The problem with this forum is that it leads to simplistic answers from attorneys that do not really know - present company included. A medical malpractice case is huge - leads to large recoveries and is costly and time consuming to prosecute. One of the attorneys here gave a great tidbit "did he deviate from the standard of care."
Now, anyone that went to law school - even me - knows what that means. But, the general public doesn't. Rather than give you a dissertation let me simply tell you the process a medical malpractice attorney goes through in evaluating your claim.
The first thing he does is get your medical records together. Then, he sends them to a consultant who is a medical doctor to review them and give a medical opinion on whether your doctor "deviated from the standard of care." Without that report, a lawyer cannot even start a medical malpractice law suit. However, even if he gets that report, the lawyer must still consult you on the likely recovery. This will turn on your "damages," i.e., how hurt you are. In your case, much of your damages rests on the fact that you lost your job. Fine, but then you have to have evidence of that. Then you must make a choice - do you want to commence a lawsuit and go through the time and effort for what is the likely upside.
I feel that you have a case worth looking into, and although I do not personally prosecute medical malpractice, my office is affiliated with an excellent Manhattan medical malpractice attorney. He works strictly on contingency fee so he does not get paid unless he recovers for you.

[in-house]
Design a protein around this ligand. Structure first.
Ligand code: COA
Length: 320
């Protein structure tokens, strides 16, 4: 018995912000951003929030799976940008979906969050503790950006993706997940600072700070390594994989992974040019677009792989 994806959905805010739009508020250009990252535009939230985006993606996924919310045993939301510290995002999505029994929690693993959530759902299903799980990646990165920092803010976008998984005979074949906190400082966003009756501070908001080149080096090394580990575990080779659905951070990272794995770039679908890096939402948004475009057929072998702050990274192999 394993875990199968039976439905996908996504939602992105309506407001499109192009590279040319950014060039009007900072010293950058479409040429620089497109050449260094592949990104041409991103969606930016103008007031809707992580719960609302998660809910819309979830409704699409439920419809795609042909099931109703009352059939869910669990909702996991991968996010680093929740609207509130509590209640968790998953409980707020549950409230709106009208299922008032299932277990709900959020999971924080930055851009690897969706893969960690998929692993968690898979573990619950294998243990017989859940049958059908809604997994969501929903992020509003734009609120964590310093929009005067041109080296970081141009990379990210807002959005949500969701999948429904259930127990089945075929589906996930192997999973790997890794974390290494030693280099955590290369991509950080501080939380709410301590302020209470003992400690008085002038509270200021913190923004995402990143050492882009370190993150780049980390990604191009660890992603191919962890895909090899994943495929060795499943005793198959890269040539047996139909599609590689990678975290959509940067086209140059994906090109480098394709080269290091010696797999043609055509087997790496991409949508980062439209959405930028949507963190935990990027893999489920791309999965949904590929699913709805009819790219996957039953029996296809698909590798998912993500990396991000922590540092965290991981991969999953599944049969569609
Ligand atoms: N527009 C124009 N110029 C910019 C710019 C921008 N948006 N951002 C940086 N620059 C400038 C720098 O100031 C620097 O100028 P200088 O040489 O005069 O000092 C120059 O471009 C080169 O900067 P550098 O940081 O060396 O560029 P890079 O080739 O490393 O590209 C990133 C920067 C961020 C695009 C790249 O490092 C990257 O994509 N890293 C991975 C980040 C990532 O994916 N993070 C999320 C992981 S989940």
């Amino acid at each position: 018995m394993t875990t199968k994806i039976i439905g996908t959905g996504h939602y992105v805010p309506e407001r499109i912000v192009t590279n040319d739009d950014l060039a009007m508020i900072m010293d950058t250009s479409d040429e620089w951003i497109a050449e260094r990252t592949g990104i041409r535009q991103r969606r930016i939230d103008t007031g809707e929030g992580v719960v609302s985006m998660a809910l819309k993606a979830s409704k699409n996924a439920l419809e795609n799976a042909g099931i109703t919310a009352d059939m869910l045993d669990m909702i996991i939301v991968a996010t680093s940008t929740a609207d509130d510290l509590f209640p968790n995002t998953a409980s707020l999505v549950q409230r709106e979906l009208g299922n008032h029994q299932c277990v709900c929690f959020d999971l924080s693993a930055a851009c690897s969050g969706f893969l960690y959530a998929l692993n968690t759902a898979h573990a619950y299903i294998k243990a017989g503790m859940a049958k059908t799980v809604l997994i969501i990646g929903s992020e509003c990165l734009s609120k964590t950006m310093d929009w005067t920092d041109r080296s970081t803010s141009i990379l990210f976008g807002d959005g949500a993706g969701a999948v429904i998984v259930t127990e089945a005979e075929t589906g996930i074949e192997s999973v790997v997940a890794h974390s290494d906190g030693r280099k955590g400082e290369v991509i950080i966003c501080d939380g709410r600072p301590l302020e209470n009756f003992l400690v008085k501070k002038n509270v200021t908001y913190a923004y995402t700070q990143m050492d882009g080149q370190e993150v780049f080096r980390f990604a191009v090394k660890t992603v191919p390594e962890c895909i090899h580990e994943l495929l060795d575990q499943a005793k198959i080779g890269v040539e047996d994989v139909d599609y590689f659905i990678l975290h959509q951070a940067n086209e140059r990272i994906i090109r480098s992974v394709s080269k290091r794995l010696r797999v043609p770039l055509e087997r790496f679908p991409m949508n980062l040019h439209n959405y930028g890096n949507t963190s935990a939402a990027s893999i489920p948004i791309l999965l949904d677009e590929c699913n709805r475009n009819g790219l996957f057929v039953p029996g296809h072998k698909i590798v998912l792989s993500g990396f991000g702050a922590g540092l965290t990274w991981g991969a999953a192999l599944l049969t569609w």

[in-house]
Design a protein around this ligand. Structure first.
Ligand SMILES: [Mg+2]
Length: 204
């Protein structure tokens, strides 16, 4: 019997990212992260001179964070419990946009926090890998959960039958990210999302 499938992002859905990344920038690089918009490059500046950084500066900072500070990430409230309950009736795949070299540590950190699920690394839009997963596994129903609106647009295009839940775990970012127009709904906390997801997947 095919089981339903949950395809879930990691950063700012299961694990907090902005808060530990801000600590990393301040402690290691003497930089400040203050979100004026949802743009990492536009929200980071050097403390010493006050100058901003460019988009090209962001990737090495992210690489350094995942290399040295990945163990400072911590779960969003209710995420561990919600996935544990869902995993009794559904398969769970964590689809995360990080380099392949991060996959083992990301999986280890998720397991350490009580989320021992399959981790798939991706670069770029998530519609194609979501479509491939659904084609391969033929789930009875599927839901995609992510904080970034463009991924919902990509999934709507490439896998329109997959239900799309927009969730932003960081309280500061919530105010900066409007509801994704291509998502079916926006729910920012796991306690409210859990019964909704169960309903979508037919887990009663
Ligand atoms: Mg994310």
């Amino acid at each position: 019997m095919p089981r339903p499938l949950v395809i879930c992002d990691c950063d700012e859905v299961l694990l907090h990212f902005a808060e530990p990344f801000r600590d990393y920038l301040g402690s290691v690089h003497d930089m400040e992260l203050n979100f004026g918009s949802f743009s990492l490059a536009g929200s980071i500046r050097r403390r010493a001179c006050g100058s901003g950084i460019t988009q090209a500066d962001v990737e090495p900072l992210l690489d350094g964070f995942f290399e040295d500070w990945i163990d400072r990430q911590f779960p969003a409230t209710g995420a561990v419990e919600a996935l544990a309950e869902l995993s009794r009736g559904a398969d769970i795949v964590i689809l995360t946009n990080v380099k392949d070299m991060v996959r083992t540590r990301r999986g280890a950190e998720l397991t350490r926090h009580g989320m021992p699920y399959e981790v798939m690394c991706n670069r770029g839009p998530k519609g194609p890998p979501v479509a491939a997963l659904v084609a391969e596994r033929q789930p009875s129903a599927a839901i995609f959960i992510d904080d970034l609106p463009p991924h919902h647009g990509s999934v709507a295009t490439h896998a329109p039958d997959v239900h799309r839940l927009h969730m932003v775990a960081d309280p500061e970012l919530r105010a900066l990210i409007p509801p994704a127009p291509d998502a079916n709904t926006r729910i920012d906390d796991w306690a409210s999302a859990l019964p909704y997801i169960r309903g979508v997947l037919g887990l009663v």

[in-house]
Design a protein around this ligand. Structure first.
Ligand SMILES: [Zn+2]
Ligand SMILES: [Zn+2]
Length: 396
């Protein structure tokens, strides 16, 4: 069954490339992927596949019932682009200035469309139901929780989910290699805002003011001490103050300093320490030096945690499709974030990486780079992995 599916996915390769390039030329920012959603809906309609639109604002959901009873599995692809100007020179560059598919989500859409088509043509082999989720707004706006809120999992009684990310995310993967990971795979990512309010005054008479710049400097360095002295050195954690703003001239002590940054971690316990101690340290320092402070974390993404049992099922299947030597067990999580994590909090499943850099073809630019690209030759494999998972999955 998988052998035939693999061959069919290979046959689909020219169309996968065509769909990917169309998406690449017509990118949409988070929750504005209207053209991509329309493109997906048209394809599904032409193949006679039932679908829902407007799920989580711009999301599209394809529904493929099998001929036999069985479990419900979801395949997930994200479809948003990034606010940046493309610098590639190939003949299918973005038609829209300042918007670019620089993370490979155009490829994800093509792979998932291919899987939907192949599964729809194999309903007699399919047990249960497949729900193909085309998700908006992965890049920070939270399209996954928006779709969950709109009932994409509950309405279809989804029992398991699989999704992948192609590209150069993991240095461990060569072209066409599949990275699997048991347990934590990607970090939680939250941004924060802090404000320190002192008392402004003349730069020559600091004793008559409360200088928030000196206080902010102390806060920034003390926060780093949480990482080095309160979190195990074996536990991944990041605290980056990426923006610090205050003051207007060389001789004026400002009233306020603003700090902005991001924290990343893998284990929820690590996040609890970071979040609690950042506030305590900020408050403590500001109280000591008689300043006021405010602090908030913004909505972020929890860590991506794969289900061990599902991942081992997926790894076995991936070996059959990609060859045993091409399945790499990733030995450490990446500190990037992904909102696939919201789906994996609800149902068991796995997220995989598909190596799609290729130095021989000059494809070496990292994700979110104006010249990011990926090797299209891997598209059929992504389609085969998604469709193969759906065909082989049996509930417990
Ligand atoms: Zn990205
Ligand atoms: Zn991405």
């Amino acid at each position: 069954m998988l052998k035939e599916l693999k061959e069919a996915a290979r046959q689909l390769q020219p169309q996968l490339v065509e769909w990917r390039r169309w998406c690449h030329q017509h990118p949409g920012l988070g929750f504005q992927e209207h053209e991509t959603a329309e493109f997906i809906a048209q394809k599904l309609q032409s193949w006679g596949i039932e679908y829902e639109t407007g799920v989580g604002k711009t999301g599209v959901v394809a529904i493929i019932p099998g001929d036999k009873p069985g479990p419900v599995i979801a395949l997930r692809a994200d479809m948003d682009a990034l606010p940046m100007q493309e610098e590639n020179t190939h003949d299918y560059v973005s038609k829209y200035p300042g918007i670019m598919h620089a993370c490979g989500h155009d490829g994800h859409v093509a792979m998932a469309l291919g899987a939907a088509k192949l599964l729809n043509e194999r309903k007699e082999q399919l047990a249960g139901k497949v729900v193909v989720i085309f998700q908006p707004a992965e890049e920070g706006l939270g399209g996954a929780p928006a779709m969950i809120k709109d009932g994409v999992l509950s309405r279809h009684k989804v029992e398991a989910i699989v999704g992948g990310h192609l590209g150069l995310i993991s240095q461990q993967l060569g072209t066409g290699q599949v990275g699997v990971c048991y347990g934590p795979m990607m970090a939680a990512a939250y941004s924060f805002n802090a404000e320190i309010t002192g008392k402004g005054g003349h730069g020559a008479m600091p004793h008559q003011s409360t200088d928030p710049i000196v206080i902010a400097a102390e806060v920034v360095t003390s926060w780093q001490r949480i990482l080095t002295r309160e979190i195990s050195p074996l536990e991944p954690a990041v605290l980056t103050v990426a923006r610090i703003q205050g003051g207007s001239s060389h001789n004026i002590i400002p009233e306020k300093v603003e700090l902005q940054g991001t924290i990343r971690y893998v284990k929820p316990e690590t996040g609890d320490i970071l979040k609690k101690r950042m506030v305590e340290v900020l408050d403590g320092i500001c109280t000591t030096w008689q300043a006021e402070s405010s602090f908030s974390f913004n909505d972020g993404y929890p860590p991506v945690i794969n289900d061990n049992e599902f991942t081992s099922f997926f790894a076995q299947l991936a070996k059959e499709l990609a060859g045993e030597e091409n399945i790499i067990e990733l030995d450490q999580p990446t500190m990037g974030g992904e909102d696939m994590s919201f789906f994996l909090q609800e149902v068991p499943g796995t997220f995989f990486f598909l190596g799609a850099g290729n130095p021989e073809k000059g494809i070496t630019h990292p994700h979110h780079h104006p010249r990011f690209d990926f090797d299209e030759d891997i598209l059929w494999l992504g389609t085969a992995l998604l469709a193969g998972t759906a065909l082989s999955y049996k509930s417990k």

With all medical procedures there are associated risks. Your physician should have informed you of such risks before conducting a procedure. In order to hold the doctor liable for malpractice the spinal tap would have been something no other doctor would of done in that situation. Legally that is a very hard burden to overcome. You need to consult with an attorney as soon as possible.
-Michael R. Juarez Law Office of Juarez and Schaeffer PO Box 16216 San Diego, CA 92105 (619) 804-4327 www.jslaw.org Mike@jslaw.org This posting is provided for “information purposes” only and should not be relied upon as "legal advice." Nothing transmitted from this posting constitutes the establishment of an attorney-client relationship. Applicability of the legal principles discussed here may differ substantially in individual situations or in different jurisdictions.
You can always sue. The question is whether or not you have a viable claim. You should consult with an attorney that handles malpractice cases as soon as possible.
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